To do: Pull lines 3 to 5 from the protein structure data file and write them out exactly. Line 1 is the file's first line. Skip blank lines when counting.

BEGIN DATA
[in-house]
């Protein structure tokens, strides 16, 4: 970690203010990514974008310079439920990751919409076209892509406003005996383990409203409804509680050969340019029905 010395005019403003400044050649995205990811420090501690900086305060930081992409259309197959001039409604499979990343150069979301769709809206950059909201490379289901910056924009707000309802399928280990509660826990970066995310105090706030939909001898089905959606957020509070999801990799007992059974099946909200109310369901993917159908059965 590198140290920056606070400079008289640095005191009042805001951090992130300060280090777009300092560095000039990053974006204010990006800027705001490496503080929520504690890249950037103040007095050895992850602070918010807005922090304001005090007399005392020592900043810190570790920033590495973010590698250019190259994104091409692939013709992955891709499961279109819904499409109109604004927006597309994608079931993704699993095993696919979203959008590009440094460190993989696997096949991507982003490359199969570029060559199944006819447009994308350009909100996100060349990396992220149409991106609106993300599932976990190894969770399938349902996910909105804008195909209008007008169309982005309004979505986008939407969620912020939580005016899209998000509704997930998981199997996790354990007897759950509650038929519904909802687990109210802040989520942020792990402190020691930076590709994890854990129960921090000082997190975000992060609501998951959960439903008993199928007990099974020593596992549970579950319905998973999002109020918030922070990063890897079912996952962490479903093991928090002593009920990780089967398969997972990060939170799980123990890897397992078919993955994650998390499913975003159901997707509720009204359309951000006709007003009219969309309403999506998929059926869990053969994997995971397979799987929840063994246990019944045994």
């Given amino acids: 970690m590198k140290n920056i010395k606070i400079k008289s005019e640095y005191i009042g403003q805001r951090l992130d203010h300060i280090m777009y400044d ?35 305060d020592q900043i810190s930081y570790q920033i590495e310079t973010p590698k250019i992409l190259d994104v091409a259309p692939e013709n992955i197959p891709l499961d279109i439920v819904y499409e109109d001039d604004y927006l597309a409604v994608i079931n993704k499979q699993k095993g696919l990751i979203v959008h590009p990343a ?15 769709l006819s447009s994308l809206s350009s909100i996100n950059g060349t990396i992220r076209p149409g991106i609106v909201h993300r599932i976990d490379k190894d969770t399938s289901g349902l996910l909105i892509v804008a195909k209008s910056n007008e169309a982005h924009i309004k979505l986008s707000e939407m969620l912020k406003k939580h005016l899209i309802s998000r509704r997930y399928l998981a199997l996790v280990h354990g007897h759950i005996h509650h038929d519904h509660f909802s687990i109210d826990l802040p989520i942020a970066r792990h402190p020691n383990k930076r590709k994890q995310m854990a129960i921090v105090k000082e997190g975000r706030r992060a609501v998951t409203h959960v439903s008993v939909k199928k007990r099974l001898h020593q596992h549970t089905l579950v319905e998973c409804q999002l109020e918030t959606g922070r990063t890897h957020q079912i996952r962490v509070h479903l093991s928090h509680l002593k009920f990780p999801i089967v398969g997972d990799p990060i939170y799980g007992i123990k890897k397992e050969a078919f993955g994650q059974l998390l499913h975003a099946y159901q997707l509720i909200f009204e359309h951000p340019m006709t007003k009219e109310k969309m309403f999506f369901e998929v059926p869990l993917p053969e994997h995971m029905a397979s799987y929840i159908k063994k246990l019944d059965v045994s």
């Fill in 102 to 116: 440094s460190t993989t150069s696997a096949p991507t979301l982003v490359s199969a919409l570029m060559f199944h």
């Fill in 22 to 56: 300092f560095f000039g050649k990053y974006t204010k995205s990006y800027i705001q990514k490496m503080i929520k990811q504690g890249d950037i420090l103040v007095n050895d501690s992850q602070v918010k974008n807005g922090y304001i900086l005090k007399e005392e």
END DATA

């Given amino acids: 970690m590198k140290n920056i010395k606070i400079k008289s005019e640095y005191i009042g403003q805001r951090l992130d203010h300060i280090m777009y400044d ?35 305060d020592q900043i810190s930081y570790q920033i590495e310079t973010p590698k250019i992409l190259d994104v091409a259309p692939e013709n992955i197959p891709l499961d279109i439920v819904y499409e109109d001039d604004y927006l597309a409604v994608i079931n993704k499979q699993k095993g696919l990751i979203v959008h590009p990343a ?15 769709l006819s447009s994308l809206s350009s909100i996100n950059g060349t990396i992220r076209p149409g991106i609106v909201h993300r599932i976990d490379k190894d969770t399938s289901g349902l996910l909105i892509v804008a195909k209008s910056n007008e169309a982005h924009i309004k979505l986008s707000e939407m969620l912020k406003k939580h005016l899209i309802s998000r509704r997930y399928l998981a199997l996790v280990h354990g007897h759950i005996h509650h038929d519904h509660f909802s687990i109210d826990l802040p989520i942020a970066r792990h402190p020691n383990k930076r590709k994890q995310m854990a129960i921090v105090k000082e997190g975000r706030r992060a609501v998951t409203h959960v439903s008993v939909k199928k007990r099974l001898h020593q596992h549970t089905l579950v319905e998973c409804q999002l109020e918030t959606g922070r990063t890897h957020q079912i996952r962490v509070h479903l093991s928090h509680l002593k009920f990780p999801i089967v398969g997972d990799p990060i939170y799980g007992i123990k890897k397992e050969a078919f993955g994650q059974l998390l499913h975003a099946y159901q997707l509720i909200f009204e359309h951000p340019m006709t007003k009219e109310k969309m309403f999506f369901e998929v059926p869990l993917p053969e994997h995971m029905a397979s799987y929840i159908k063994k246990l019944d059965v045994s």
């Fill in 102 to 116: 440094s460190t993989t150069s696997a096949p991507t979301l982003v490359s199969a919409l570029m060559f199944h």
């Fill in 22 to 56: 300092f560095f000039g050649k990053y974006t204010k995205s990006y800027i705001q990514k490496m503080i929520k990811q504690g890249d950037i420090l103040v007095n050895d501690s992850q602070v918010k974008n807005g922090y304001i900086l005090k007399e005392e």